What on earth could possibly be wrong with that? Surely it is the South Bank's purpose to act as torchbearer for the bright flame of human creativity, wherever it has burned; surely, as Lord Weidenfeld suggests in his introduction to the catalogue of 'The Romantic Spirit in German Art 1790-1990', which opens next week at the Hayward Gallery, this is 'a project that is timely and relevant for all of us who wish to learn more about this interesting chapter in Europe's cultural history'. Surely we should hope, with the South Bank's Chief Executive, Nicholas Snowman, that 'the public will be surprised and startled, as well as entertained, as we enter the forest of German Romanticism'.
But the forest of German Romanticism is much, much darker than anyone at the South Bank Centre seems prepared to concede. All that anodyne, politely liberal language of cultural uplift - that talk of 'interesting chapters in history', of art's potential to shock (but only mildly), to 'surprise' or to 'startle' - seems, in these circumstances, almost comically misplaced. It is the language of concealment. The fact which almost everyone involved with Deutsche Romantik wants to avoid facing is that 'culture', especially a sense of 'national culture', can be a dangerous and even an atrocious thing. The most poisonous fruits of German Romanticism - Hitler, Nazism - demonstrate this with an appalling clarity.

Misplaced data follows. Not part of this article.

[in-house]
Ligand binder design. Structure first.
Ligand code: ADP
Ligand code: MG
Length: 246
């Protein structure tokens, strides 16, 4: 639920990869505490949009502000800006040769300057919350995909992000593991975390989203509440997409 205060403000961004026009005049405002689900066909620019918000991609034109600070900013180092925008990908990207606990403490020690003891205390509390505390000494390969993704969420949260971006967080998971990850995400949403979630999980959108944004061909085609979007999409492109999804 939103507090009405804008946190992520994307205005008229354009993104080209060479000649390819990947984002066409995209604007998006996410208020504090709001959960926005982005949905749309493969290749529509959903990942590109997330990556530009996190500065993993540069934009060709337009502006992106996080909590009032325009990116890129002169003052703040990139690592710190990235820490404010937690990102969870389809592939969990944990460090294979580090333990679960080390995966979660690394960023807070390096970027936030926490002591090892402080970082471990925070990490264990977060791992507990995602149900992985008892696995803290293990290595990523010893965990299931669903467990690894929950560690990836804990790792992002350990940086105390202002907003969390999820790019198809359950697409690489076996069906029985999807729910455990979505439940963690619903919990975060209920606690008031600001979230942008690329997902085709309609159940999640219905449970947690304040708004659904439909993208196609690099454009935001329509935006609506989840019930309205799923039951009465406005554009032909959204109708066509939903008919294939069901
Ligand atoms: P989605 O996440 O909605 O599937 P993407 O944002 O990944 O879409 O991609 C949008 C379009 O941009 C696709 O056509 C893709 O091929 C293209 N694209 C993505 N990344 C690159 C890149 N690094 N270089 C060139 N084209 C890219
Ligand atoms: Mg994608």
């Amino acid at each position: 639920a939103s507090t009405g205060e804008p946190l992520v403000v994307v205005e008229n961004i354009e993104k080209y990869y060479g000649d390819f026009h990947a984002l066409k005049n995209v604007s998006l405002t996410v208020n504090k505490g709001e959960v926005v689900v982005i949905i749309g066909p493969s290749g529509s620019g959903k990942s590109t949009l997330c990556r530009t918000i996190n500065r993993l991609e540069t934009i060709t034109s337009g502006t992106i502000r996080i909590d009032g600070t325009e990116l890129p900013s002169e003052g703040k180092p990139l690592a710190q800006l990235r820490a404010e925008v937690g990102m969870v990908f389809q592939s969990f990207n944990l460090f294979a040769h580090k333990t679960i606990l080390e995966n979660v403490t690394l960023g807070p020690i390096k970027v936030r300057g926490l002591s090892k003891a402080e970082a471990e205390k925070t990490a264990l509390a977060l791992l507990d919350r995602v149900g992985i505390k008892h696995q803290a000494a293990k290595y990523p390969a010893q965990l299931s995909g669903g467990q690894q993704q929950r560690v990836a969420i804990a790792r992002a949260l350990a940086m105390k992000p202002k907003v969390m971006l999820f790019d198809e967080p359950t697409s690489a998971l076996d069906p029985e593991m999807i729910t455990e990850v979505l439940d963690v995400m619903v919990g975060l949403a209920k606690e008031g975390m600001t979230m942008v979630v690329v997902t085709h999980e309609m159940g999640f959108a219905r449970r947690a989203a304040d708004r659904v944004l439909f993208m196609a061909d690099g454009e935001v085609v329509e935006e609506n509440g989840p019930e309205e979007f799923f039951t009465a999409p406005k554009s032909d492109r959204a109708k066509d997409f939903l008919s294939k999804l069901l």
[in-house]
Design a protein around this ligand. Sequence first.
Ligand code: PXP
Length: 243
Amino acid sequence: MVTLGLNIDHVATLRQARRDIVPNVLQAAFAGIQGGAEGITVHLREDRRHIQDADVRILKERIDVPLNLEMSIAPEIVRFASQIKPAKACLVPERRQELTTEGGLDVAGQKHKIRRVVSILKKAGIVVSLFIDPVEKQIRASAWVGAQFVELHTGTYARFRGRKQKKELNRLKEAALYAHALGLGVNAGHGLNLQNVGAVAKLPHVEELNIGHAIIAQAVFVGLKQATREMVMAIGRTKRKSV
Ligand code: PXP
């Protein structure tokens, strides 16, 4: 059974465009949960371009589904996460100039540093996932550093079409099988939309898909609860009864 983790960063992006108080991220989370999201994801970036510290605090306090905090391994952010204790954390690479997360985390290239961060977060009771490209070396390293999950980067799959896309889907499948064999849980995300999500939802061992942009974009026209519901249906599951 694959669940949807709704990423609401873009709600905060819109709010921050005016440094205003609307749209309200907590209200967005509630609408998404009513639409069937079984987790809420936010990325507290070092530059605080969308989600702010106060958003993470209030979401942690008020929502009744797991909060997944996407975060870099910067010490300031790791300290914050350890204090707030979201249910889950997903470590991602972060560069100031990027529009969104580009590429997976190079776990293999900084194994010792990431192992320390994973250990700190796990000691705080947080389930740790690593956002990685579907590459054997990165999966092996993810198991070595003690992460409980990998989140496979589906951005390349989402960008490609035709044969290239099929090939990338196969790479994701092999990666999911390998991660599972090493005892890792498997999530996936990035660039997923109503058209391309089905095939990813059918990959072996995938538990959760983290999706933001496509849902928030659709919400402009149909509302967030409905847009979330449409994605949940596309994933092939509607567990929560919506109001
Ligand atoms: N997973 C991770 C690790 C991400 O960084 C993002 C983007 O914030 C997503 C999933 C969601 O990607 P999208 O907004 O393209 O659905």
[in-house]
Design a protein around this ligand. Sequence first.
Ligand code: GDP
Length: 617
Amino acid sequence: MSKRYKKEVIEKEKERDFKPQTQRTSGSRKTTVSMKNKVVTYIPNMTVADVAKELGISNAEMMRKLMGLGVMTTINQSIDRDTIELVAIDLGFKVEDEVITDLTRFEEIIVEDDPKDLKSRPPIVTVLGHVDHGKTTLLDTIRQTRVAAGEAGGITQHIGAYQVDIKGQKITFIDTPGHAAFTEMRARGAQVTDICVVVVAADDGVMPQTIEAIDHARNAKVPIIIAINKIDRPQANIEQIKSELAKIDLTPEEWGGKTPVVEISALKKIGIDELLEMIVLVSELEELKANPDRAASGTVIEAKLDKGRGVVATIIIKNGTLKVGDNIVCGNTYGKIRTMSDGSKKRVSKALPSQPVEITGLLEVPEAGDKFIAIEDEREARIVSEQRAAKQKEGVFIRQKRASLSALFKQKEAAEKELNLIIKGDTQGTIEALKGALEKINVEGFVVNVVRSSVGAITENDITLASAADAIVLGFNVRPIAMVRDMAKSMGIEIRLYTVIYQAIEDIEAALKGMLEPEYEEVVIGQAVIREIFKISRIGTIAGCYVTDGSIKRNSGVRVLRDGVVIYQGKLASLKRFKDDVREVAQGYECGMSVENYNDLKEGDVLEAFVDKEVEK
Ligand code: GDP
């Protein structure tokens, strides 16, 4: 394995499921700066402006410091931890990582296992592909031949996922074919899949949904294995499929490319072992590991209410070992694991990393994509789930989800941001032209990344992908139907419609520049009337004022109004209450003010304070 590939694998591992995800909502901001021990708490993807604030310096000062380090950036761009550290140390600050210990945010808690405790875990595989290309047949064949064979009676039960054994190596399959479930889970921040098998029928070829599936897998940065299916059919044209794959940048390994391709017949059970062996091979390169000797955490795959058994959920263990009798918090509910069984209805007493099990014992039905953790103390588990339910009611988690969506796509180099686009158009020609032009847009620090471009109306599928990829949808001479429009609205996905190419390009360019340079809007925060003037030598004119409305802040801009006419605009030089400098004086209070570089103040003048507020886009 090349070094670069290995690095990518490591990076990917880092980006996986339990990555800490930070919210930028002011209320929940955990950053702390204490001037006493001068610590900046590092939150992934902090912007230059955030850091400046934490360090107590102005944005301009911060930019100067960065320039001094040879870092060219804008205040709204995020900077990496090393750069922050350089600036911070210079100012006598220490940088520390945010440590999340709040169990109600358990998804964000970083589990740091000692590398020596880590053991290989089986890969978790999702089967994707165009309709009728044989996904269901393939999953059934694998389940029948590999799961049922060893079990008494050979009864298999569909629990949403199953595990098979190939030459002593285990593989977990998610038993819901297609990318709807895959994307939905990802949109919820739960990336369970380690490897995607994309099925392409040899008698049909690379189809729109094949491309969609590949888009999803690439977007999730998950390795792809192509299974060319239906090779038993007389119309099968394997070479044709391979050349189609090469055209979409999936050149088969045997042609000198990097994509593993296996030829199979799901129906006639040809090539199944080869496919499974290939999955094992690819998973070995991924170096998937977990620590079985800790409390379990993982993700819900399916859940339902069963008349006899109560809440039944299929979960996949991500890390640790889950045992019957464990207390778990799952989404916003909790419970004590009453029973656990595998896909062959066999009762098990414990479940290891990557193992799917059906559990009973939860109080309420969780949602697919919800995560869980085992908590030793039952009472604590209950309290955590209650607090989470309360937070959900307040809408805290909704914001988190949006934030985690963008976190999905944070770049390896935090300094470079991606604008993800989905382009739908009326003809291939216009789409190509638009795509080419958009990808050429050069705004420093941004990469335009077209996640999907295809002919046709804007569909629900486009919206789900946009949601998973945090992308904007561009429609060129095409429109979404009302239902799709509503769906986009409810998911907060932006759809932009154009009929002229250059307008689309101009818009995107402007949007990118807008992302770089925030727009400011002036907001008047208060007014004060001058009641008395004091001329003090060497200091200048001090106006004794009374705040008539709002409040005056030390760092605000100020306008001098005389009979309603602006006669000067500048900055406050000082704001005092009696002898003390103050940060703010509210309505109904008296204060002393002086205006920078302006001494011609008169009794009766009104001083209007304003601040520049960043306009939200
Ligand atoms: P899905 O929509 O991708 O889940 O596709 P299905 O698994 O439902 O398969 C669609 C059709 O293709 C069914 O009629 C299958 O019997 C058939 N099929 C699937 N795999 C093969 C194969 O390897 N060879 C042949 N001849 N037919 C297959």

Yet the links between Nazism and Romanticism are precisely what the South Bank's 'arts festival' (a term which itself suggests a rather simple-minded, lazily 'festive' attitude to the arts) assiduously seeks to suppress. Deutsche Romantik is sabotaged by its own timid reluctance to confront the single most fateful and momentous aspect of the history which it claims to be investigating - the way in which the literary and pictorial and musical ideals of the first Romantics would culminate, more than a century later, in the twisted, Volkisch, but none the less clearly Romantic notions of Hitler and his cronies.